Vanessa Carlton enters a new artistic depth in her new album

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Vanessa Carlton enters a new artistic depth in her new album

by Liliana Cervantes, Staff Writer

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Singer and songwriter Vanessa Carlton drifts listeners into a dream with the soft melodies present in her newest album, “Liberman,” released in October 2015. One of her next stops on her current North American tour is at the Casbah in downtown San Diego on Sunday, Jan. 24.

Carlton made a name for herself after the success of her 2002 pop hit single “A Thousand Miles,” and the single is still a pop sensation to date. While she has not had another single that has achieved the same level of popularity, her new album offers a refreshing sound that enters new depths for the evolved artist.

“We wanted to do something that was kind of like eerie but soothing,” Carlton said. “I think sonically I really honed in on this record more than any other previous record.”

Carlton said “Liberman” achieves fluidity between piano and guitar. The album is named after her grandfather, whose name also translates to “honorable man” and “my beloved.”

The record was released by independent record label Dine Alone Records, which also currently has signed artists such as Marilyn Manson, The Lumineers and Jimmy Eat World. Prior to signing with anyone, though, Carlton made a bold decision to send her tracks, produced by her and her team, to labels without her name enclosed.

“The approach was we send it without any name on it so that people would just not see my name and prejudge it and just listen to the record,” she said. “It made the most sense for us.”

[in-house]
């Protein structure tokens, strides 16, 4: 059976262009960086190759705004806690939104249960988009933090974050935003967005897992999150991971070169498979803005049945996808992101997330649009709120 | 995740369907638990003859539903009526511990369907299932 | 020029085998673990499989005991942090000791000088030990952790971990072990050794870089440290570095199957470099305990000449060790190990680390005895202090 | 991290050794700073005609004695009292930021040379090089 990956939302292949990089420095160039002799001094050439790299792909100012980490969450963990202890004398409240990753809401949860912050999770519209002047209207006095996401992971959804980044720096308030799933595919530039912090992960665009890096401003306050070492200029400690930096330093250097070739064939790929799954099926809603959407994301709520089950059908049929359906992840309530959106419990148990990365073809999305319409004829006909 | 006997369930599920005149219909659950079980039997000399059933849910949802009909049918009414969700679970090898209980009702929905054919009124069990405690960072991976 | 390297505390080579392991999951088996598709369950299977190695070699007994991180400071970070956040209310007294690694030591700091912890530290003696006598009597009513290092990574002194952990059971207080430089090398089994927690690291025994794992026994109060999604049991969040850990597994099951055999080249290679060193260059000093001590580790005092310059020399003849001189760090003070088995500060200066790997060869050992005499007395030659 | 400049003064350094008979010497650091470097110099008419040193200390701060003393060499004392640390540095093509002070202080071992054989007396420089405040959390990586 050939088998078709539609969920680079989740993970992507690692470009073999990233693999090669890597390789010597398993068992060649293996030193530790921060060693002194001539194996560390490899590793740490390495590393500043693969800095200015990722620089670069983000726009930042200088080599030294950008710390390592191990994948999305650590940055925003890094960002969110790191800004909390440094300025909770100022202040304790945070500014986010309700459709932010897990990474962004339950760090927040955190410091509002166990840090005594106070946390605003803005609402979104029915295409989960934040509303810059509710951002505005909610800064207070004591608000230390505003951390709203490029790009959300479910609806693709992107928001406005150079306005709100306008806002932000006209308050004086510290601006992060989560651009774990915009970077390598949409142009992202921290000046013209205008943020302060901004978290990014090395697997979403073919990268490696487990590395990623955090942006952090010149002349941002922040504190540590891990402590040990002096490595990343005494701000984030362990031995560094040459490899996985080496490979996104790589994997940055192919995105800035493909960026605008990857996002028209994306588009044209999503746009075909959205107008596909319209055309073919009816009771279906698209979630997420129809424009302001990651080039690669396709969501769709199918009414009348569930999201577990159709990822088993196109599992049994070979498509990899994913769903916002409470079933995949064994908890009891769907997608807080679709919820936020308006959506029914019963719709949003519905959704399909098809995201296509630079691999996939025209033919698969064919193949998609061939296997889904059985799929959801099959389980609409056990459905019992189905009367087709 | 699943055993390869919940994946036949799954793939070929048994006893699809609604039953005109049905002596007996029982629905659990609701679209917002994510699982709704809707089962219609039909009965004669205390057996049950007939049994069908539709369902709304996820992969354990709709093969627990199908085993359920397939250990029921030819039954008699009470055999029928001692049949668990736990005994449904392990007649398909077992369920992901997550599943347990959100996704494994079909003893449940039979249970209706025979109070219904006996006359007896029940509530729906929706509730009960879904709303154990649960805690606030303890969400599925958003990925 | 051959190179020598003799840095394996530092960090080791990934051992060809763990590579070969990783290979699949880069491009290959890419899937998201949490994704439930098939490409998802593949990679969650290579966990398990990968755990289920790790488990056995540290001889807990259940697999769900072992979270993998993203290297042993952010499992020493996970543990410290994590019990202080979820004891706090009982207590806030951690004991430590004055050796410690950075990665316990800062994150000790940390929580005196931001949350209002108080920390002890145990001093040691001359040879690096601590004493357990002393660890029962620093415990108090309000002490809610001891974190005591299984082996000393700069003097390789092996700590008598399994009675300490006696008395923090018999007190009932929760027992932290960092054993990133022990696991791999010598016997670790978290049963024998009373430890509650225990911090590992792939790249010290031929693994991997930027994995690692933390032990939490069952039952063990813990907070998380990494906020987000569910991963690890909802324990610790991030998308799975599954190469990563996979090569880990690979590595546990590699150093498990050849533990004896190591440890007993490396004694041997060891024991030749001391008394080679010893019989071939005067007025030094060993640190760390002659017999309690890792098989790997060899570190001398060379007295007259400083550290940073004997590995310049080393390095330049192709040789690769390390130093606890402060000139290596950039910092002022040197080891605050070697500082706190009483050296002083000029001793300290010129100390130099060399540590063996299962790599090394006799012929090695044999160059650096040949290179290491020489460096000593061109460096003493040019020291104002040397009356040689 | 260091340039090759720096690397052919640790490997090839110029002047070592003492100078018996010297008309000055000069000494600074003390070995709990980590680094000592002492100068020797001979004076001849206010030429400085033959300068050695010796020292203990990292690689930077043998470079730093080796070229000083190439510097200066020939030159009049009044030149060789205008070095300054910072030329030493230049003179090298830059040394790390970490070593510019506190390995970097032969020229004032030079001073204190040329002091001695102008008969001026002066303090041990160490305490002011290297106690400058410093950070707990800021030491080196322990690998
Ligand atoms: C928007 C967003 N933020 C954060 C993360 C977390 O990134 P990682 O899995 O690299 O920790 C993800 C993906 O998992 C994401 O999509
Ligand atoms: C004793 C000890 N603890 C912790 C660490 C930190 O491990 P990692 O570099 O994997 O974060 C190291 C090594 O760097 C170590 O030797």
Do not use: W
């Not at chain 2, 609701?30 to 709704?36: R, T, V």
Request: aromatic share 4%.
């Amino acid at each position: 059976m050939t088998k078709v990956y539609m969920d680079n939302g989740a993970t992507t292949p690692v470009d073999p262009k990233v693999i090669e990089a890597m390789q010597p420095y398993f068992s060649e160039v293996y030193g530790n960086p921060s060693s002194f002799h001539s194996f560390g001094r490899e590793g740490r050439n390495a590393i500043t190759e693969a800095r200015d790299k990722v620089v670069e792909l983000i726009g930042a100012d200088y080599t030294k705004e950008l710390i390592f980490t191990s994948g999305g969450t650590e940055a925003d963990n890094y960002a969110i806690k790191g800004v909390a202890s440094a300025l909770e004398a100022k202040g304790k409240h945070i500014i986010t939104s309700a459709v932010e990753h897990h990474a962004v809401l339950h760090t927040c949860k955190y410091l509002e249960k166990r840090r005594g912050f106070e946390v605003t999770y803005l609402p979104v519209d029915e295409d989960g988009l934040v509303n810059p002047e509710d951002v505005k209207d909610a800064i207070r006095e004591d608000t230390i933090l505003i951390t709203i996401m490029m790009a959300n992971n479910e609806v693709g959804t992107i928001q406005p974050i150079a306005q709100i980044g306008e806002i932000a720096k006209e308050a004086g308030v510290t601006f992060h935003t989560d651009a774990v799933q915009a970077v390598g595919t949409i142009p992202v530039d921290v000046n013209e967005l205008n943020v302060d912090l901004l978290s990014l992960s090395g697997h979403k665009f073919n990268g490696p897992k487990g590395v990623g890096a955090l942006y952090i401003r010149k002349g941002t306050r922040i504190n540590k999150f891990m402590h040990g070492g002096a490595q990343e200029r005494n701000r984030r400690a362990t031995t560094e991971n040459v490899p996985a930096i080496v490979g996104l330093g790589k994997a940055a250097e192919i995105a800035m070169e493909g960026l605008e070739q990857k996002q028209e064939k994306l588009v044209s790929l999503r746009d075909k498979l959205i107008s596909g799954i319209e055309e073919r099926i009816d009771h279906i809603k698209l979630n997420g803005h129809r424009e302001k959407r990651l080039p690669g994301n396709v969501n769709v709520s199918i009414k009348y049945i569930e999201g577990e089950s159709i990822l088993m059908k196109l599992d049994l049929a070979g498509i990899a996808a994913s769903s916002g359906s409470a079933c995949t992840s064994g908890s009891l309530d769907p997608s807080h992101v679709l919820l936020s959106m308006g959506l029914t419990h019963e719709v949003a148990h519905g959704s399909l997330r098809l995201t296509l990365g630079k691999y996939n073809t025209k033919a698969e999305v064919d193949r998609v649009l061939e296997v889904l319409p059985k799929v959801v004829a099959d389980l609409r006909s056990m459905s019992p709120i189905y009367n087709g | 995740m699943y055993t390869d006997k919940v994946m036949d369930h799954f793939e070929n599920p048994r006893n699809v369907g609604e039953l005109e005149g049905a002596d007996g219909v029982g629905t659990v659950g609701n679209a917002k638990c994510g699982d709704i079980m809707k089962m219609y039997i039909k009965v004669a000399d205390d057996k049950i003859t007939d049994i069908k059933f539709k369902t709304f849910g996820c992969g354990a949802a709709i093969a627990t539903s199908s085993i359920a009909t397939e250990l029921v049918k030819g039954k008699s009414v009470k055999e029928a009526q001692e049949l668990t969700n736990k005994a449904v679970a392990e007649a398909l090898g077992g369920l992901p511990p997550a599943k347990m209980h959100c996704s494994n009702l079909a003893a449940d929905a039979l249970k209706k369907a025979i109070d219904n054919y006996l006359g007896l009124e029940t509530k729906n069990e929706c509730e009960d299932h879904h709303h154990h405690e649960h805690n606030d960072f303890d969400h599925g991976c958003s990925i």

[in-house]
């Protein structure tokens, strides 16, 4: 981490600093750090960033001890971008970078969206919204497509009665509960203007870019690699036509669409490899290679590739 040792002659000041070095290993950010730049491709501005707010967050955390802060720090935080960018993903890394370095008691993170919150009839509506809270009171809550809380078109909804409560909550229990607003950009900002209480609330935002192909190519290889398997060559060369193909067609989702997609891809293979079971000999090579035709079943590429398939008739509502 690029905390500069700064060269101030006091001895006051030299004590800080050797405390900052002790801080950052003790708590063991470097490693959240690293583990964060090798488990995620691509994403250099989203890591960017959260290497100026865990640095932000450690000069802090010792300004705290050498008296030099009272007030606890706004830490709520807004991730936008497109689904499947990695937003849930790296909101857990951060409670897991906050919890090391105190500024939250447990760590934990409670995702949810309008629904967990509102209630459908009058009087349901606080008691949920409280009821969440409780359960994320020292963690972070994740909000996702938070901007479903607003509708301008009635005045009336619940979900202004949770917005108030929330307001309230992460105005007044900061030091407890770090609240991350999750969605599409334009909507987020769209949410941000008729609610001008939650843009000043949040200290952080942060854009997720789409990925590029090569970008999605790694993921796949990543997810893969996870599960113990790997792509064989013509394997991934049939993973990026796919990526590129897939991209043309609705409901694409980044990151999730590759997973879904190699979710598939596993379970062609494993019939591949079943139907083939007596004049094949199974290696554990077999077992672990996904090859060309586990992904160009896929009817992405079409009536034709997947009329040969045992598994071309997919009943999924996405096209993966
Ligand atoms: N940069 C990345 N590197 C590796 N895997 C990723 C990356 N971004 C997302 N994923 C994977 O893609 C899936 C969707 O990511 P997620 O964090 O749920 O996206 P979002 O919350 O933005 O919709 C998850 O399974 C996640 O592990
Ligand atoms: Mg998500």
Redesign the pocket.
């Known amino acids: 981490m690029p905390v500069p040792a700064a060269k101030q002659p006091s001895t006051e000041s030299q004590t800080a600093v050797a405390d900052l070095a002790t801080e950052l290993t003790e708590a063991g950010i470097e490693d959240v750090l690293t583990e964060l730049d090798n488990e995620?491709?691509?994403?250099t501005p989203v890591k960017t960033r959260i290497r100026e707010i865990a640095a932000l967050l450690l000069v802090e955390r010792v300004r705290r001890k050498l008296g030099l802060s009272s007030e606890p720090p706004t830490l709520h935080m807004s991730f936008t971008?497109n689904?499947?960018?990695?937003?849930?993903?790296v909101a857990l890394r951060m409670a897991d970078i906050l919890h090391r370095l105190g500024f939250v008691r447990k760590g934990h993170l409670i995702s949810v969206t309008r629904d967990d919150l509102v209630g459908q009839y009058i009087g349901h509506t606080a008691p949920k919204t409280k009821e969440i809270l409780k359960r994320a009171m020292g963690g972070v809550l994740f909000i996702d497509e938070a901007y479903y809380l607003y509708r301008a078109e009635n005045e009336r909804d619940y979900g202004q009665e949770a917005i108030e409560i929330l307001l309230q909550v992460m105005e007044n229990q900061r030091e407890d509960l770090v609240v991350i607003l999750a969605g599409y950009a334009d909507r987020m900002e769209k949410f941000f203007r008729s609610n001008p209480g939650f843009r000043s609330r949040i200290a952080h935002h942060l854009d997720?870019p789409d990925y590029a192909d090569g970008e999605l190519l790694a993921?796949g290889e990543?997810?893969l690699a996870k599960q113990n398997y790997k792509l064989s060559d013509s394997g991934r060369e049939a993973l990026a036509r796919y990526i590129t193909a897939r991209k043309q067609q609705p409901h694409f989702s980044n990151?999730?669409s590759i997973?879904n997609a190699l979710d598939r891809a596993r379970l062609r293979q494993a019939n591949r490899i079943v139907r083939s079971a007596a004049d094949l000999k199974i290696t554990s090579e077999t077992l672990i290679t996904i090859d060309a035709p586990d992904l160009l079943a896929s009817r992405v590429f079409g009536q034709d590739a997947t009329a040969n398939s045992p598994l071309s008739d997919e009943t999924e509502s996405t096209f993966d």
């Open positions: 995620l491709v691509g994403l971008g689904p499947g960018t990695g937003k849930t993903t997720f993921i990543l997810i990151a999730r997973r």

Her latest music masters a minimalistic sound that’s both somber and intriguing. San Diego fans, new and old, who will attend her show Sunday night can expect to be enchanted by some of her newest songs.

One of Carlton’s more whimsical tracks, “Willows,” features a lullaby-like piano melody alongside her dreamy lyrics.

“Sow the earth, a blanket of bounty, in the distance, a hearse,” she sings. “The devil drives empty in a baby’s eyes. The ritual purifies every design.”

Carlton said she and her band have been able to re-create a lot of the power on record in the live setting.

“It’s a very multilayered sound,” she said. “We kind of created this collage of sound. Even though there are two people on stage, it sounds like there are five. It’s really important because it’s not a duo album at all, and there are a lot of important sounds that I need in the live settings to make the sound work.”

Carlton said she’s proud of the new album.

“I finished it a year before it was released so I had plenty of time to listen to it and sit on it, and there was very little that I wanted to change even after sitting on it for so long,” she said.

Tour dates are available on her website. You can purchase “Liberman” via iTunes. 

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